Liechtenstein’s Blockchain Act makes the legal landscape easier for blockchain firms, but it’s still not easy. Businesses that want to issue a token or operate in Liechtenstein should consult a specialized lawyer. Better be safe than sorry.

One reason blockchain firms and investors come to Liechtenstein is the so-called “Blockchain Law,” which is actually called the “Token and Trusted Technology Service Provider Act, “but that’s too long for anybody to pronounce.

Since the act came into force in January 2020, Liechtenstein has created legal certainty as it now regulates and clarifies many legal issues and challenges around the token economy that other jurisdictions don’t. With this law, Liechtenstein has positioned itself as an innovative and legally secure location for providers in the token economy.

But that doesn’t mean navigating the legal landscape is easy.

Specialized blockchain law firms in Liechtenstein

Several specialized law firms in Liechtenstein offer services in the blockchain ecosystem. They support token issuances, business licensing, investment management, prospectuses, and everything that requires knowledge of the legal particularities and an understanding of blockchain technology.

One of the most prominent law firms is Naegele, attorneys at law. Founding Partner and Managing Director Thomas Naegele was a member of the government workgroup drafting the Blockchain Act and one of the first lawyers in Liechtenstein to focus on blockchain technology. His firm has consulted various clients on blockchain business in Liechtenstein, and he is regularly featured in leading publications and newspapers.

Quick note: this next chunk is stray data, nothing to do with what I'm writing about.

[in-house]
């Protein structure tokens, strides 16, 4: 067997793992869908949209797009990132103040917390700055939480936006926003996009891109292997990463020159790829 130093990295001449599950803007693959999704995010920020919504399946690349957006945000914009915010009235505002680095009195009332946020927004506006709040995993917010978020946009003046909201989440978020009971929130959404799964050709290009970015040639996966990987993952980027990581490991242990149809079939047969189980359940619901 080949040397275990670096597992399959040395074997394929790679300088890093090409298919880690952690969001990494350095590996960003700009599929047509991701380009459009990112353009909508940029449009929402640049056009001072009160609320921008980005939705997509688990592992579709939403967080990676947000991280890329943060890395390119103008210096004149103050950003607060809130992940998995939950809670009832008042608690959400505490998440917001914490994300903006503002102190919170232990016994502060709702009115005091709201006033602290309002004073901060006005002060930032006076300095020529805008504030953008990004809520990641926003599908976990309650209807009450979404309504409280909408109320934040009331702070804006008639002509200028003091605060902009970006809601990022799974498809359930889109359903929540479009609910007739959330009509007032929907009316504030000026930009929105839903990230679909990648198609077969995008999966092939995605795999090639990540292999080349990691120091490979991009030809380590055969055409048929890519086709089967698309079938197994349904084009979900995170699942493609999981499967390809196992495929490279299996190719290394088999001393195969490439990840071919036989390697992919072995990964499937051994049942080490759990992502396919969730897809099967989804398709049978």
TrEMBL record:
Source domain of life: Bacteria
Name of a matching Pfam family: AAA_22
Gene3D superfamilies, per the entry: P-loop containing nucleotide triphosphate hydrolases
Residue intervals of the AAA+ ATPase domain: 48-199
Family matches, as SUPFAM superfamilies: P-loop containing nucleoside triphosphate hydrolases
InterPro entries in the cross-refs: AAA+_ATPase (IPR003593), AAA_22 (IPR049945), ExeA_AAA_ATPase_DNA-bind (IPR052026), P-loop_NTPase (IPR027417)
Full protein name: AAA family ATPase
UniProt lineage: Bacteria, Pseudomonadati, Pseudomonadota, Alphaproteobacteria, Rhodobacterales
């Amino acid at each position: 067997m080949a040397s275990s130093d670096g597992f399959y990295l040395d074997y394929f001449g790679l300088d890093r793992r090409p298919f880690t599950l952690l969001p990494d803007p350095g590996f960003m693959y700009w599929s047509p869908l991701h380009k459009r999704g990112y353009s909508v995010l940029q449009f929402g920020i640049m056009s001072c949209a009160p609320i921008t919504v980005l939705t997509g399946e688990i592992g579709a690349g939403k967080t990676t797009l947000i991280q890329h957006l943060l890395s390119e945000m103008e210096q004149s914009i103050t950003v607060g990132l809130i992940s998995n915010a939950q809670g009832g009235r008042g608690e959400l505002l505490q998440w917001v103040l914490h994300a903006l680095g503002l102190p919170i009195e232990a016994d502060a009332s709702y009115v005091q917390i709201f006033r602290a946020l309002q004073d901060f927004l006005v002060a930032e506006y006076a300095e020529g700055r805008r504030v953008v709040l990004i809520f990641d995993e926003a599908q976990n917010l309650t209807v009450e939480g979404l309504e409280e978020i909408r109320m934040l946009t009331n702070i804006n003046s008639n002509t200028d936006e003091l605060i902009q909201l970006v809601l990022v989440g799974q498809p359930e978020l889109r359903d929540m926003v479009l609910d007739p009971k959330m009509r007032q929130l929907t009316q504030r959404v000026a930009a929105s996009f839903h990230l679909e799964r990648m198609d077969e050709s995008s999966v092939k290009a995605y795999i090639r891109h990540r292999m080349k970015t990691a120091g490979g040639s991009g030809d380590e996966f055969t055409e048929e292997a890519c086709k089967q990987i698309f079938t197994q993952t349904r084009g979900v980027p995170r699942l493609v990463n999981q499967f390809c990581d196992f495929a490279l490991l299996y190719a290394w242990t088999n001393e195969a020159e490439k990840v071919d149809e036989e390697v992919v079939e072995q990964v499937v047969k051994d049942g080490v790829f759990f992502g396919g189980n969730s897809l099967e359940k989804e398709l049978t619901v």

Another specialized blockchain lawyer in Liechtenstein is Florian Scheiber, who has also been accompanying companies for years, especially in the context of so-called security token offerings (STOs). Those are token issuances governed by securities law, meaning certain legal requirements have to be met.

European and national experience

When choosing a lawyer in the blockchain space, it’s key to find someone who also understands the technology. Also, depending on what exactly the purpose of the business is, it might be important to have someone who is not only knowledgeably in Liechtenstein law but also in European law.

As Liechtenstein is a member of the European Economic Area (EEA), many European financial markets laws also apply in Liechtenstein. Moreover, if token issuances are passported to a European country, it is paramount to have a lawyer that understands European law and the domestic law of that particular country.

Liechtenstein-based law firms such as Naegele or Scheiber have experience with such matters, as they have accompanied many issuers in the past with security token offerings.

Will STOs pick up the pace again?

This autumn, the first exchange for security tokens is expected to open in Switzerland. What changes is that from then on, there will be not only a primary but also a secondary market for security tokens. So far, most crypto exchanges have only listed utility tokens.

That might make Security Token Offerings more attractive to both issuers and investors. They are an alternative, especially for smaller companies that don’t have the financial resources to conduct a traditional IPO.

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